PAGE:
by Gannon Sims

It happened in an unlikely place.

It was Friday night. Pastor Abiel Hernandez was out to dinner with his wife Lynn. They arrived at the restaurant, were greeted at the hostess stand and were given one of those little pagers that have become standard operating procedure at restaurants on a Friday night.

As Pastor Abiel took a seat in the waiting area he noticed the crowd of young people at the bar. Then it dawned on him. Or as Lynn puts it “The Holy Spirit fell upon him.”  Abiel said “We need a spiritual bartender.”

Abiel serves as an Associate Pastor at Stillmeadow Church of the Nazarene just outside of York, Pennsylvania. It’s one of the largest Nazarene congregations on the East Coast. And they’ve got all the trappings of a large suburban evangelical church.

This is a blessing, of course. But it’s also a curse. While Stillmeadow does a tremendous job of reaching its suburban demographic, just ten minutes away, there were neighborhoods the church was never going to reach.

So after a great deal of prayer, planning and fundraising, Stillmeadow launched the York City Campus. It’s a multipurpose space in a gritty part of town bordered by row houses on one side and an elementary school and abandoned prison on the other. The space is outfitted with a kitchen, a coffee bar and a basketball gym that doubles as a worship space. In a matter of months, Pastor Abiel was holding Sunday services in English and Spanish. The church played host to a basketball league for the elementary-aged kids. Everything was going as planned. But Pastor Abiel noticed an inner-city demographic that the church still wasn’t reaching. So they launched Celebrate Recovery, a ministry for recovering addicts. The course was an immediate success; people were attending the course who never attended church.

But there was a problem. Once the addicts were in recovery, there was nowhere for them to go on the weekend. There was no safe place for them to socialize.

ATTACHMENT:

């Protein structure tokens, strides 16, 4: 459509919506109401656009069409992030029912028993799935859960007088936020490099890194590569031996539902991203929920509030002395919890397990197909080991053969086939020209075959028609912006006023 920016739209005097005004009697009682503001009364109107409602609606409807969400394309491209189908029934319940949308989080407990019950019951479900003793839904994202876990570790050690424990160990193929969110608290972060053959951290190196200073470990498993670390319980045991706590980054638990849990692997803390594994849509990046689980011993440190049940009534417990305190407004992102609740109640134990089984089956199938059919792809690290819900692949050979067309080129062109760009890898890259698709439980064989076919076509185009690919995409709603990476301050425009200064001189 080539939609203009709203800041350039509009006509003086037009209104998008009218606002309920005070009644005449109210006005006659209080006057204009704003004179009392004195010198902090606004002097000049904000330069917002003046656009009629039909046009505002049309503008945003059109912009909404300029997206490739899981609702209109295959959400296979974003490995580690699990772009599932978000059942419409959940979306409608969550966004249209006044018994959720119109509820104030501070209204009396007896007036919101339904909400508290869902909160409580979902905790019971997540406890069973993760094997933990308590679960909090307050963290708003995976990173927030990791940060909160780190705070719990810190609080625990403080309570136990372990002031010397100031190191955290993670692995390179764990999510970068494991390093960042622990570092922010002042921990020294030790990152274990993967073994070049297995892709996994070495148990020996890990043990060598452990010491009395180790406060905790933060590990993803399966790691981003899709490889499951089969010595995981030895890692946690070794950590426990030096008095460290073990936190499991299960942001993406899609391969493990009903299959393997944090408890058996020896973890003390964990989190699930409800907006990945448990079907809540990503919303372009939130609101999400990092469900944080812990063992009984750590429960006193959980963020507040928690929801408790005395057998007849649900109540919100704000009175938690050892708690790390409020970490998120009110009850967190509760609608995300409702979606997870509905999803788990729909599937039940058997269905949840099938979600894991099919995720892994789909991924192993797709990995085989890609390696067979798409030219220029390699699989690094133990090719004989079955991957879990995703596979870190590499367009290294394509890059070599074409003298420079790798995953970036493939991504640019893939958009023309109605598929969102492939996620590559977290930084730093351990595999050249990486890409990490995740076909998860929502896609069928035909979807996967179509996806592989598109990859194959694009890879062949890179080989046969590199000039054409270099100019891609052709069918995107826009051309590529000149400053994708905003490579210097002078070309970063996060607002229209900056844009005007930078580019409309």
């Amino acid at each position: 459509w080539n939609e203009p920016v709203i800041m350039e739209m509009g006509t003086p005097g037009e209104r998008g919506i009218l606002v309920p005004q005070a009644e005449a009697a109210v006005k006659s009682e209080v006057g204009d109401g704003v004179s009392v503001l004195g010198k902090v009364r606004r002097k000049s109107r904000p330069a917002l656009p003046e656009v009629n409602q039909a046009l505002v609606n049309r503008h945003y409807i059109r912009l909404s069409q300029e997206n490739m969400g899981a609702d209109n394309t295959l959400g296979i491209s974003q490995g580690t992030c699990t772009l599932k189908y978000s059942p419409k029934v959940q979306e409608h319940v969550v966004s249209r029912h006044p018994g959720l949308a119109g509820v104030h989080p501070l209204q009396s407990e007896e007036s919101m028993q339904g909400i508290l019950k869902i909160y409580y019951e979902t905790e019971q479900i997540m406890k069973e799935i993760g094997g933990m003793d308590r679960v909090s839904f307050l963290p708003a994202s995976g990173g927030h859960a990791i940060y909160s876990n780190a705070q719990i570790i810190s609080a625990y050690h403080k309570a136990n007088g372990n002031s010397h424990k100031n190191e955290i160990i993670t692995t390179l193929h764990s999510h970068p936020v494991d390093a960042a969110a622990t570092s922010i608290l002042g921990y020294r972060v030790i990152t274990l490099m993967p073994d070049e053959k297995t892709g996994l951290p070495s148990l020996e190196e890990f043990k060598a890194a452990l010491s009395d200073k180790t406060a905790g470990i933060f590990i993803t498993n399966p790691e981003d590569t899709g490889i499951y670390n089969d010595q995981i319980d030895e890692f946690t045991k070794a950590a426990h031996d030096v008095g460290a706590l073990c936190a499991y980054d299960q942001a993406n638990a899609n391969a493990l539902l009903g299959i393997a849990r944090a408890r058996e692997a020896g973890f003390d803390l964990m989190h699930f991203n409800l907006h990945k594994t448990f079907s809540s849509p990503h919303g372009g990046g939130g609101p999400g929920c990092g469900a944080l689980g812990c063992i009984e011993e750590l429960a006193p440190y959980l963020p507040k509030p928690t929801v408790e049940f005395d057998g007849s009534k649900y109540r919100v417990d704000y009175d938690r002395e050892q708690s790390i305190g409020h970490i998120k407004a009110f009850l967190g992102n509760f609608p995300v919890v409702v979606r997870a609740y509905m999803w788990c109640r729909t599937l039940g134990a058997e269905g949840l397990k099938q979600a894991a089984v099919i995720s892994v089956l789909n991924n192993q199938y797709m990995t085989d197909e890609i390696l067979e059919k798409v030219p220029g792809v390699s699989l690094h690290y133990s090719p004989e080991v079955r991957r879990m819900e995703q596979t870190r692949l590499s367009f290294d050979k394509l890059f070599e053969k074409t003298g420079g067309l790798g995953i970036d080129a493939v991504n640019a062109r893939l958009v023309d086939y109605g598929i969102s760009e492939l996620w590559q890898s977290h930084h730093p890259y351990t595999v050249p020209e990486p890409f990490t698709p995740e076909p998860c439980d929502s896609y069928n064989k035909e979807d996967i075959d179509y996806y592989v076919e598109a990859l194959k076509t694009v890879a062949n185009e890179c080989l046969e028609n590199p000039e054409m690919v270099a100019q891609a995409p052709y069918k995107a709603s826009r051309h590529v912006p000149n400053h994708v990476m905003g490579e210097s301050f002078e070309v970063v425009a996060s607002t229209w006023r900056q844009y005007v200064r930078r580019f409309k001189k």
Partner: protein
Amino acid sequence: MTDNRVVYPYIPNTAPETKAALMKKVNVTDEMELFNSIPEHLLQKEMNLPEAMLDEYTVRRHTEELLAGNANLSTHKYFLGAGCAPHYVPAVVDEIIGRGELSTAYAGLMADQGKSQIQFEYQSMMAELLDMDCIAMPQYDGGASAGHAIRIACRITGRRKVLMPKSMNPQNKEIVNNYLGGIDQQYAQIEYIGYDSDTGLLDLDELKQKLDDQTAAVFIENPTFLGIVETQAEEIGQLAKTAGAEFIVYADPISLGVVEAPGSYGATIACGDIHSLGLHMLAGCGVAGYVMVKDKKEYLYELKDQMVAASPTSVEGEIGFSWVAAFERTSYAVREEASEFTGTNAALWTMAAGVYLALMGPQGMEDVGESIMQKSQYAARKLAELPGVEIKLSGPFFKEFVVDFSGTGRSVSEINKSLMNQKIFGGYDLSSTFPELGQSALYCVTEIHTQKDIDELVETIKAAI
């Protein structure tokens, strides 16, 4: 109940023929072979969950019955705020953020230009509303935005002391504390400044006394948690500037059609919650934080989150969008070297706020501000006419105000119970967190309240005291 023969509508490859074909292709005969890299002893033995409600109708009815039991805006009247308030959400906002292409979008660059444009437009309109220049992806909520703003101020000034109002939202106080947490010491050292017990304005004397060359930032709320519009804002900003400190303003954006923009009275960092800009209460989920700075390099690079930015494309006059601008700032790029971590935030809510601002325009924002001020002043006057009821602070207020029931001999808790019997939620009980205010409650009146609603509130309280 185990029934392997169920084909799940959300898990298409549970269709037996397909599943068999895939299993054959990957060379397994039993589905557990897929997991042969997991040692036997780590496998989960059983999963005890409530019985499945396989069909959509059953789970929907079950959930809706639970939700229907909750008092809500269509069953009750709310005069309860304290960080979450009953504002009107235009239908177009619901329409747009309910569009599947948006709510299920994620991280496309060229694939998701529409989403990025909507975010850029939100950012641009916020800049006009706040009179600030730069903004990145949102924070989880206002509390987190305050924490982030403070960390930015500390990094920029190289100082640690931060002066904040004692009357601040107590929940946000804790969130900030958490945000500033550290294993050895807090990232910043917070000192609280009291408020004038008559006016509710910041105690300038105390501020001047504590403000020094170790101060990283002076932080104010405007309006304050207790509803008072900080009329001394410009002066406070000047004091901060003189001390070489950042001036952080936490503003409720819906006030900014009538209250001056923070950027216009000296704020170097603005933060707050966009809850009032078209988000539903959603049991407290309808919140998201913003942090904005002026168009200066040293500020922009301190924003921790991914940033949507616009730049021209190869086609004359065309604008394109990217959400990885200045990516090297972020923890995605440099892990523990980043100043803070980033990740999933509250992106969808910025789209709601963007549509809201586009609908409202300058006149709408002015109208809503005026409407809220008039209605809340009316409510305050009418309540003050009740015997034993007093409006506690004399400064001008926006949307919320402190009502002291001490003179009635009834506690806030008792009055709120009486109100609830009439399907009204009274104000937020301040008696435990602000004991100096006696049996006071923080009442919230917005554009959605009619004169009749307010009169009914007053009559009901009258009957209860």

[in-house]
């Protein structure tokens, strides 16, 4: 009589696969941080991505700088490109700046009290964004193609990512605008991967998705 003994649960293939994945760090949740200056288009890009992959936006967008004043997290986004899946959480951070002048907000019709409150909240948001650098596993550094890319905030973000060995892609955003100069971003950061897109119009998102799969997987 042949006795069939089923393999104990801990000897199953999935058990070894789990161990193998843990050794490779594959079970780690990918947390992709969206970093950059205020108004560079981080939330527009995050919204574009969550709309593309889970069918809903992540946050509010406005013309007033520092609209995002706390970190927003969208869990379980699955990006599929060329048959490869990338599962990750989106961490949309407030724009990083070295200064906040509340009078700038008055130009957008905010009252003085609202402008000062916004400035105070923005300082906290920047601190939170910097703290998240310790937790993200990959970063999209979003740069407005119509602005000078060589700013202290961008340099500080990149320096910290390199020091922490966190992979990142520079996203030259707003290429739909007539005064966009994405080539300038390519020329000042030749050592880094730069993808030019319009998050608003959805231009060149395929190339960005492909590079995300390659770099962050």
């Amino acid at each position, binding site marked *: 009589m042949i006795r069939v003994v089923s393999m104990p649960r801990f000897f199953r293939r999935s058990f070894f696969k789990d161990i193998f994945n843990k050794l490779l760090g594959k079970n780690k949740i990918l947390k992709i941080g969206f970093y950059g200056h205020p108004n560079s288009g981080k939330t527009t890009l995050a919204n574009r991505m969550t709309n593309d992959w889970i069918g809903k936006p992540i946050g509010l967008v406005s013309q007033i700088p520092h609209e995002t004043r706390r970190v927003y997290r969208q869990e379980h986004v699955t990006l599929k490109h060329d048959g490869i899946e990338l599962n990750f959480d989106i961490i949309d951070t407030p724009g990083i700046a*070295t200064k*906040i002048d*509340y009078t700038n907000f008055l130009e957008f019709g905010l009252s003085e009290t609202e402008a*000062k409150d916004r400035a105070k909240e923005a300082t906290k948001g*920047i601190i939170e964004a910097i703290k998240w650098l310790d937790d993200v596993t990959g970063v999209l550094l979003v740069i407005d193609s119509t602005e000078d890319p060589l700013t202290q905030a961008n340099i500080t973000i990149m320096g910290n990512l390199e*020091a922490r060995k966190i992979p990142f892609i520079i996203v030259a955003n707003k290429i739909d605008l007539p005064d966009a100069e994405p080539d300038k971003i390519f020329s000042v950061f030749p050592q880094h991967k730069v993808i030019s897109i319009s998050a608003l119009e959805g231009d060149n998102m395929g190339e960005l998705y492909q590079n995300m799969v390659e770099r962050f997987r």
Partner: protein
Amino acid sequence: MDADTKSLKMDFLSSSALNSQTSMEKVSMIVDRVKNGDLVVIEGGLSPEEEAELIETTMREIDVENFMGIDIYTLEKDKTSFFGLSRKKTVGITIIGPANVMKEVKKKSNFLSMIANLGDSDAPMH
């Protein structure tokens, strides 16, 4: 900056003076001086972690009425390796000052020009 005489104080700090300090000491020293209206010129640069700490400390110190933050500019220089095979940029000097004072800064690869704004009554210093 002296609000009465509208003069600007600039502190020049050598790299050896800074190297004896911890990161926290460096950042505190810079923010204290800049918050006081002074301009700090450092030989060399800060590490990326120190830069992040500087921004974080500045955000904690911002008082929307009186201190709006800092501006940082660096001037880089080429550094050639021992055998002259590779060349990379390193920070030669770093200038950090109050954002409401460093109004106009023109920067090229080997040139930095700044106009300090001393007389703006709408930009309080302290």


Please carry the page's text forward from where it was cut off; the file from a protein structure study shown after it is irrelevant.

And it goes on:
They needed a spiritual bartender.

Pastor Abiel mentioned his idea to the Senior Pastor of Stillmeadow. The irony of a Nazarene Church with a bartender was not lost on him, but he loved the idea.

The pastor recommended that Abiel meet with Jennifer Collins, who in addition to her passion for making connections with young adults, also had past experience in the club scene. Abiel had already set an appointment with her to discuss another matter. The Spirit was on the move.

In December 2011, Club 350east was born. On Friday nights, Stillmeadow’s York City Campus becomes the only substance-free night spot in town. The club’s pulsing music and lights are a testament to Abiel’s dream as much as it is a testament to the seemingly endless supply of up-and-coming deejays ready to take a turn at the turntable.

And there’s always a crowd at the bar where Jennifer, the spiritual bartender, doles out non-alcoholic drinks and offers advice and prayer support for the issues facing people in recovery and everyone else looking for a sober alternative to the typical club scene.

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Gannon Sims
About the Author

Gannon Sims

Gannon Sims is a Founding Director of Fresh Expressions US and the author of Bringing Church Home. He and his wife Carey along with a team of mostly college students and young adults planted The Center Community, a network of house churches in Fredericksburg, Virginia. Earlier this summer he became pastor of Cliff Temple Baptist Church, an historic urban congregation with a vibrant ministry and network of house churches in the Oak Cliff neighborhood of Dallas, Texas.